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Tech Rumor of the Day: Cisco

As Cisco's earnings report approaches, the short interest in the stock has increased 35% in the past month.

Not to pick on



this week

, but a lot of investors are betting that bad news will knock the stock down a bit.

As the networking gearmaker's earnings approach, the short interest in the stock has increased 35% in the past month. There are currently 76.6 million shares shorted, the highest level of short interest in Cisco over the past year.

By shorting, it means people borrowed 76 million Cisco shares on the hope that the value will fall and they can replace the stock at a lower price and pocket the difference.

So what's looming on Cisco's horizon that could hurt the stock: For one, fiscal third-quarter earnings next month. The bears suspect that the company will disappoint on earnings, or more likely slash guidance as tight-fisted IT buyers and phone companies conserve cash amid a global recession.

Why the gloom?

There's been no shortage of new forecasts showing that demand for tech gear is still falling.

Earlier this week, Morgan Stanley released the results of its survey of 150 IT chiefs. Despite the recent stock market rally, these spending decision makers sounded even more cautious about their budget plans. CIO's are 5.8% less likely to increase spending this year, and Morgan Stanley says that puts total 2009 IT spending 3.5% below year-ago levels.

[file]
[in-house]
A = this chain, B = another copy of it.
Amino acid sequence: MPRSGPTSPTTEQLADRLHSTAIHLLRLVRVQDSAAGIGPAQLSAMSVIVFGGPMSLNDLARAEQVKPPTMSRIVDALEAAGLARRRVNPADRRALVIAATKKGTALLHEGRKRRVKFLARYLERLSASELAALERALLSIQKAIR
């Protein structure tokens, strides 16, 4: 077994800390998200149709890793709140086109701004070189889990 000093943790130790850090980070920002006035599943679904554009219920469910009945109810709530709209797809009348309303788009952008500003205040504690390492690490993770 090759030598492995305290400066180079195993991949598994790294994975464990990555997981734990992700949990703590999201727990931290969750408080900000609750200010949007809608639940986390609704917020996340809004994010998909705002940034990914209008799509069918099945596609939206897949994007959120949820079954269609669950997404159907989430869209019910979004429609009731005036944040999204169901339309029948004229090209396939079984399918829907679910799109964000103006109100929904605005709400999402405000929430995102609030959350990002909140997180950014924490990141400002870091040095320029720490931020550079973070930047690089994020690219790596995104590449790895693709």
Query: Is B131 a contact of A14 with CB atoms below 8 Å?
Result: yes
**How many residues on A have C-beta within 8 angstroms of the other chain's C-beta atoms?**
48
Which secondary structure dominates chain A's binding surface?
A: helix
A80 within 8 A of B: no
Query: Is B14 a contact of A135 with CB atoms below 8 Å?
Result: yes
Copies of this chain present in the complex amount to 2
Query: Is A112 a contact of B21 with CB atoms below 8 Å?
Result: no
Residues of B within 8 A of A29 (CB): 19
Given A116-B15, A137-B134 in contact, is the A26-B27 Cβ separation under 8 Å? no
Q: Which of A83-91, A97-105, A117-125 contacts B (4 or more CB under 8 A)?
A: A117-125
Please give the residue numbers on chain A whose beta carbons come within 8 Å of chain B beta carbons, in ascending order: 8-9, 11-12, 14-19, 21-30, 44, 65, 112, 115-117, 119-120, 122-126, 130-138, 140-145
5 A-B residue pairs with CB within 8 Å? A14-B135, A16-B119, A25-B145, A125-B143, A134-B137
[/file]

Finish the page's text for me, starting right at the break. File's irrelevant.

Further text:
Even more alarming, about 40% of CIOs now expect to cut their spending plans and a mere 4% thought they might increase their budgets this year.

An even more recent sign of weakness came from



Thursday. The network equipment joint venture between Nokia and



slashed its forecast, now calling for a 10% decline in sales this year. Nokia blamed belt-tightening by telcos, the increase in willingness of rivals to finance the sales of gear and tougher competition from Chinese manufacturers.

As analysts would say, Cisco is exposed to these market pressures.

Cisco bulls have always taken some measure of comfort in the sheer scale and depth of the company's reach. If banks in New York aren't buying new computer networks, IT shops in Bangalore may have picked up the slack. And as



slashes $3 billion

from its 2009 spending plan, telcos in China are shopping for new gear.

But as rival



showed last week

, there are few places to hide during a global recession.

Cisco has been feeling the pain. The company froze hiring, reduced travel and eliminated about 1,500 jobs already to get costs down by $1 billion. But the pressure continues, and some analysts predict Cisco will revise its sales guidance down to the lower end of expectations.

If true, it will mean a revenue slide of more than 20% from a year ago, not a scenario Cisco has adjusted for. Cisco may have to revise its intention to avoid an unpleasant and deep staff cut.

Cisco shares have enjoyed a 31% increase in the past five weeks riding the recent market-wide rally. Some investors are betting that optimism may be wrongly placed.